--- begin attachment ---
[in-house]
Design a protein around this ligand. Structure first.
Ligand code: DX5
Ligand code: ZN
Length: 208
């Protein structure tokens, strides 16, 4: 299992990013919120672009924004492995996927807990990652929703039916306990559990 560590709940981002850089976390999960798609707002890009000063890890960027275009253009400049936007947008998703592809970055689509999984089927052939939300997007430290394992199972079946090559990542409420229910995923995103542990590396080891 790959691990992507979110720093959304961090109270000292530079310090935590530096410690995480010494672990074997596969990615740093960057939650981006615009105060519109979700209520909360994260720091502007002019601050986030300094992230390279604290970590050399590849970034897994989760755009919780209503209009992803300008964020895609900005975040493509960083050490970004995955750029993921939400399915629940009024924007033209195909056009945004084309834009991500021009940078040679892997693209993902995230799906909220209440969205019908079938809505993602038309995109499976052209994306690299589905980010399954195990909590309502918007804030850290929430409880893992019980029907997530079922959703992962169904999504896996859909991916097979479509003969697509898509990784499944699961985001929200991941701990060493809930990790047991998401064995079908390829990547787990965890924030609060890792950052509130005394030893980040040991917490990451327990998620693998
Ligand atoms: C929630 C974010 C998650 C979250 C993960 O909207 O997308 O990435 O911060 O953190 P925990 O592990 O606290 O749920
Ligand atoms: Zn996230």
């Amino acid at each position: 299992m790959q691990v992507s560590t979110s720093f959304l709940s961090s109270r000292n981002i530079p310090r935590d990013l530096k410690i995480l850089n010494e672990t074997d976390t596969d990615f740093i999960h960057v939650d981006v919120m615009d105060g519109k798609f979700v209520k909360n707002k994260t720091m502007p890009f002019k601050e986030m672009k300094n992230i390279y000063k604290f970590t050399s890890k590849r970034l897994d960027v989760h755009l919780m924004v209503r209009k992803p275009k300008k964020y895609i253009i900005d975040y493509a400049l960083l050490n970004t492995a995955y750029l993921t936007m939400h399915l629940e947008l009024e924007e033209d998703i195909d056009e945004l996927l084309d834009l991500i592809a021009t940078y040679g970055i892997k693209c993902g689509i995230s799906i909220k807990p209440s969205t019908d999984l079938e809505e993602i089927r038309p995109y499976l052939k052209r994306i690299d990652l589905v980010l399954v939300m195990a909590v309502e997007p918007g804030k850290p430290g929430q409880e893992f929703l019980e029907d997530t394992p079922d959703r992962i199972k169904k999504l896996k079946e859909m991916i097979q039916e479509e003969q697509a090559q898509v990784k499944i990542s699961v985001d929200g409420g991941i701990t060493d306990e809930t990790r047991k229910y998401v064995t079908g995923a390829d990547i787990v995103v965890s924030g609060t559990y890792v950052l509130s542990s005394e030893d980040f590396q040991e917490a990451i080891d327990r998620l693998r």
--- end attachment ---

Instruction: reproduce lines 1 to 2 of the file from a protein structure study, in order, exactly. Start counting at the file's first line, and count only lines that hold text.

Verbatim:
[in-house]
Design a protein around this ligand. Structure first.